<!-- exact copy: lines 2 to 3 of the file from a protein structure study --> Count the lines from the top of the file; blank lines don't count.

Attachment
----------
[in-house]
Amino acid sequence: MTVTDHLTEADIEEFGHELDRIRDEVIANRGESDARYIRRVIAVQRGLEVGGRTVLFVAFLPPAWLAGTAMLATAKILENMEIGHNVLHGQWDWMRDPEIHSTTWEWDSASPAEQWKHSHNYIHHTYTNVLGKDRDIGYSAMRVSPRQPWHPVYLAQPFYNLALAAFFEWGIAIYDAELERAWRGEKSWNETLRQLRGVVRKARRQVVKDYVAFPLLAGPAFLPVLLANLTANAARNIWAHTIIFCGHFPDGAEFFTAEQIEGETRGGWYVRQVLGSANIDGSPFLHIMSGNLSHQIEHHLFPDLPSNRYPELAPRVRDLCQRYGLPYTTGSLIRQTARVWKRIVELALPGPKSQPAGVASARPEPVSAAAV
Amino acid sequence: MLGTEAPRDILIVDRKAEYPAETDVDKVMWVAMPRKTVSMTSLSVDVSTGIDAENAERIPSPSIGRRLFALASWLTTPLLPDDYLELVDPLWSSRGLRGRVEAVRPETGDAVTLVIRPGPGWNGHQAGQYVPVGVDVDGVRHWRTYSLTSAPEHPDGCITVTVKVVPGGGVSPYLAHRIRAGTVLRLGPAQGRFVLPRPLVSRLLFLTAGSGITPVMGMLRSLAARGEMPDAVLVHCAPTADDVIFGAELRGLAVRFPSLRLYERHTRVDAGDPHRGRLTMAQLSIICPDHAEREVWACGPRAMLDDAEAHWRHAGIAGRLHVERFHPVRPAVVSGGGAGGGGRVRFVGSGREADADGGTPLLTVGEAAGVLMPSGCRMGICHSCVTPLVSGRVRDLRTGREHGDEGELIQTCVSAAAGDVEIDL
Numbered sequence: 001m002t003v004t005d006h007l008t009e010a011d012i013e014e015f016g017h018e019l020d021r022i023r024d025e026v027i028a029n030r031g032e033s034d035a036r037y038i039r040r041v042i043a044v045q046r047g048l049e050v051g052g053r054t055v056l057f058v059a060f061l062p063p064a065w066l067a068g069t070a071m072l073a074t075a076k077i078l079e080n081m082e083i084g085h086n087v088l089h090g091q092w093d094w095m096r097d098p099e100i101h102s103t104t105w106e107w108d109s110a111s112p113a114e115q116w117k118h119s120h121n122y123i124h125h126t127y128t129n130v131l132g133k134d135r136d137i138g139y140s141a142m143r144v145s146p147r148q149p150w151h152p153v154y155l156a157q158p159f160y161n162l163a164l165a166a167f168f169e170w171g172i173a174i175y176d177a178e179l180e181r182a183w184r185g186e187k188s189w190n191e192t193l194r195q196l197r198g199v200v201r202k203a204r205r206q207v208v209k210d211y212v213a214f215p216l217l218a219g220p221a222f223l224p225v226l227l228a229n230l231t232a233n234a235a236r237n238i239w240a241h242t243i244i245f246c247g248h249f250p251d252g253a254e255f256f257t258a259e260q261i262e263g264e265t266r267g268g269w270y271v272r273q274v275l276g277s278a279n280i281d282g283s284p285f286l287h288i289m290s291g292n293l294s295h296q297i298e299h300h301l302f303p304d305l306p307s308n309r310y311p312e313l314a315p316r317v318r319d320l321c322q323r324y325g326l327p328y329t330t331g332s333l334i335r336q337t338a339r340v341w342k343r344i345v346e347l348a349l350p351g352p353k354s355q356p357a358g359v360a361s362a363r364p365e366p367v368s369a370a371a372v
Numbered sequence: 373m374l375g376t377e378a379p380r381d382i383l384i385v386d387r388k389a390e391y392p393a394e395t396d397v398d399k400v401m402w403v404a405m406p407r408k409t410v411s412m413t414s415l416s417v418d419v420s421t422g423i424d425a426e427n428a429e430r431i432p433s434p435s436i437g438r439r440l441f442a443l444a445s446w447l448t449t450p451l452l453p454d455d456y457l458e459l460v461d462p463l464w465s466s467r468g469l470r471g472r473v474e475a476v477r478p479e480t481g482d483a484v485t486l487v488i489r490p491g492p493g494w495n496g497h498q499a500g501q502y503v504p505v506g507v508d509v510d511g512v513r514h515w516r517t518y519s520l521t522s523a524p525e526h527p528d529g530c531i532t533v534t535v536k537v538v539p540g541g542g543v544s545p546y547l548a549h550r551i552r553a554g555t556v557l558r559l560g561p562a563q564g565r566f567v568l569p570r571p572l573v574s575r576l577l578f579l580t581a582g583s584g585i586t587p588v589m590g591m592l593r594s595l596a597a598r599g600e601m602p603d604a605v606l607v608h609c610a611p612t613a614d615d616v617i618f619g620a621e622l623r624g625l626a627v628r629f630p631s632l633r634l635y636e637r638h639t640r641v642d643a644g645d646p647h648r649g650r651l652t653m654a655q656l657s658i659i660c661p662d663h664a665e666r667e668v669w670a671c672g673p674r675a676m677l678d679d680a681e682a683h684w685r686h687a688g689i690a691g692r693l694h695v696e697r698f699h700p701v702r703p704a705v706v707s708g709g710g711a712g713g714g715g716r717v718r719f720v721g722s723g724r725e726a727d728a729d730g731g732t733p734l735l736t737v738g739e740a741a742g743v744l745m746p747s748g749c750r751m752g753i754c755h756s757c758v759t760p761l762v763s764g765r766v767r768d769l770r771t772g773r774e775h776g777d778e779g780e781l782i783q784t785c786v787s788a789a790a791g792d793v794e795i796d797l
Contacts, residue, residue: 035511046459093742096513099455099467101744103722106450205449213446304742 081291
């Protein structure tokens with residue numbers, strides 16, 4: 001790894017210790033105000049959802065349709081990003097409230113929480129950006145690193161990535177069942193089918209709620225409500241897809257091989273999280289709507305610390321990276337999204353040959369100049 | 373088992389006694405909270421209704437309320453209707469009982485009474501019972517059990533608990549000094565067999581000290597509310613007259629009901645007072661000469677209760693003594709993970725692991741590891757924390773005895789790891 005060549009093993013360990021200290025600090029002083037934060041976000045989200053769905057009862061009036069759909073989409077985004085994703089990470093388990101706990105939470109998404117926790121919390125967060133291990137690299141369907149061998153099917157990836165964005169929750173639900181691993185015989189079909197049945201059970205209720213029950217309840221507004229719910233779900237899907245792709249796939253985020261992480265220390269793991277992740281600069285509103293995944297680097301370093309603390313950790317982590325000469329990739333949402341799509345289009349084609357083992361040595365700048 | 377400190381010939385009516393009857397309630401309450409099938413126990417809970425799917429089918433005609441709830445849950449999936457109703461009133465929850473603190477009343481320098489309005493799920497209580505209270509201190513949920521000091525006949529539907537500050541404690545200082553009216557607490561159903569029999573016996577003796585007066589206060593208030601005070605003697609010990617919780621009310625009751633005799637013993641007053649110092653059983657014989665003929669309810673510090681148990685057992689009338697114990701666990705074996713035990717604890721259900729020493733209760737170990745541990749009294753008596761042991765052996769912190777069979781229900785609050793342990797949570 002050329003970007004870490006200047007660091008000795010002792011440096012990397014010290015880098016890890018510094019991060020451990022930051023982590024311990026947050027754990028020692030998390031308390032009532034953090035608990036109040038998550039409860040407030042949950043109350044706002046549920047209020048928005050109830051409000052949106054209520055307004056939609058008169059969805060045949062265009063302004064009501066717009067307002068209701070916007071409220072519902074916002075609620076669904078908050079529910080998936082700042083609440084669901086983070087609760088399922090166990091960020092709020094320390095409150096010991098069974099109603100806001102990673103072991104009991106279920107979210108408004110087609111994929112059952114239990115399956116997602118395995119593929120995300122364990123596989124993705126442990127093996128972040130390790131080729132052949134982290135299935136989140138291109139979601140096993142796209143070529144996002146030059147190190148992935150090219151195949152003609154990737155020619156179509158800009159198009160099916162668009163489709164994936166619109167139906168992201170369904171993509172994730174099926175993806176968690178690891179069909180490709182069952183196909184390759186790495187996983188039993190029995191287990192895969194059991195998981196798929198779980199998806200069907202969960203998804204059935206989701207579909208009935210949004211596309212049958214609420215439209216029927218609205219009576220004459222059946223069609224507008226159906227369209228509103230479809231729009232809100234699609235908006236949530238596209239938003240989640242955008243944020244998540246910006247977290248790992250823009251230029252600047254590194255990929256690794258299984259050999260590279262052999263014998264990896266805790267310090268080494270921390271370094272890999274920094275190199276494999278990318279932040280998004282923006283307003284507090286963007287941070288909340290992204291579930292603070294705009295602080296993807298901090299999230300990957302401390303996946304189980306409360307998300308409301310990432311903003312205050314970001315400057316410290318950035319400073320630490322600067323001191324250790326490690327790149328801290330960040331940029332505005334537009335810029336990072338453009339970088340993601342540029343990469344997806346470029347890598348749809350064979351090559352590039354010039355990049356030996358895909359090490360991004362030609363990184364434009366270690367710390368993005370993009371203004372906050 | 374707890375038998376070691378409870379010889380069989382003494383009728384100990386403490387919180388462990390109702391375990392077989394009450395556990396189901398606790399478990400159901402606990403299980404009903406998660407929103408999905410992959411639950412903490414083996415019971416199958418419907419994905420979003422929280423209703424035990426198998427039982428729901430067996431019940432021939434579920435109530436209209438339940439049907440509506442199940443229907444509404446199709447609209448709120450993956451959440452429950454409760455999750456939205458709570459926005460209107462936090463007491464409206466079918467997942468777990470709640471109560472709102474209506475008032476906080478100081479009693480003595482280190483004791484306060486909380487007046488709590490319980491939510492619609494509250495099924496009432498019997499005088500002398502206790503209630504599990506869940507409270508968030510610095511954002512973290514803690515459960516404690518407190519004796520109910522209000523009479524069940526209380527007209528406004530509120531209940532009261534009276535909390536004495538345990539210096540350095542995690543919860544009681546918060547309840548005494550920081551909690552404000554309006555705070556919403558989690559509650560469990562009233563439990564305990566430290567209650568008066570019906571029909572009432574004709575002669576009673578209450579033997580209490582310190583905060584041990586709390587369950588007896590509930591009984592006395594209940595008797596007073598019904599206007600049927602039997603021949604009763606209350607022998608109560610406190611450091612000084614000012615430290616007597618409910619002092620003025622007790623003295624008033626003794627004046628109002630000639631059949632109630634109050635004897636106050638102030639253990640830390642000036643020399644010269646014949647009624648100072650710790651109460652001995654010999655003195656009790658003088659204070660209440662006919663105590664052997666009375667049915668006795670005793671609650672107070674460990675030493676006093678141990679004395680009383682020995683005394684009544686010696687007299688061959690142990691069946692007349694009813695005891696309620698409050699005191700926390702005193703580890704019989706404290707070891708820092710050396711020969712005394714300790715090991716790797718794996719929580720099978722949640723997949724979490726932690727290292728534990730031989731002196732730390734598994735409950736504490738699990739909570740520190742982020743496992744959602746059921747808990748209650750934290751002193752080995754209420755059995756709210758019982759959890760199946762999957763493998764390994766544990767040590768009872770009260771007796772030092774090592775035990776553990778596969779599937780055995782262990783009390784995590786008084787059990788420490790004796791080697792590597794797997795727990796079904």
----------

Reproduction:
Amino acid sequence: MTVTDHLTEADIEEFGHELDRIRDEVIANRGESDARYIRRVIAVQRGLEVGGRTVLFVAFLPPAWLAGTAMLATAKILENMEIGHNVLHGQWDWMRDPEIHSTTWEWDSASPAEQWKHSHNYIHHTYTNVLGKDRDIGYSAMRVSPRQPWHPVYLAQPFYNLALAAFFEWGIAIYDAELERAWRGEKSWNETLRQLRGVVRKARRQVVKDYVAFPLLAGPAFLPVLLANLTANAARNIWAHTIIFCGHFPDGAEFFTAEQIEGETRGGWYVRQVLGSANIDGSPFLHIMSGNLSHQIEHHLFPDLPSNRYPELAPRVRDLCQRYGLPYTTGSLIRQTARVWKRIVELALPGPKSQPAGVASARPEPVSAAAV
Amino acid sequence: MLGTEAPRDILIVDRKAEYPAETDVDKVMWVAMPRKTVSMTSLSVDVSTGIDAENAERIPSPSIGRRLFALASWLTTPLLPDDYLELVDPLWSSRGLRGRVEAVRPETGDAVTLVIRPGPGWNGHQAGQYVPVGVDVDGVRHWRTYSLTSAPEHPDGCITVTVKVVPGGGVSPYLAHRIRAGTVLRLGPAQGRFVLPRPLVSRLLFLTAGSGITPVMGMLRSLAARGEMPDAVLVHCAPTADDVIFGAELRGLAVRFPSLRLYERHTRVDAGDPHRGRLTMAQLSIICPDHAEREVWACGPRAMLDDAEAHWRHAGIAGRLHVERFHPVRPAVVSGGGAGGGGRVRFVGSGREADADGGTPLLTVGEAAGVLMPSGCRMGICHSCVTPLVSGRVRDLRTGREHGDEGELIQTCVSAAAGDVEIDL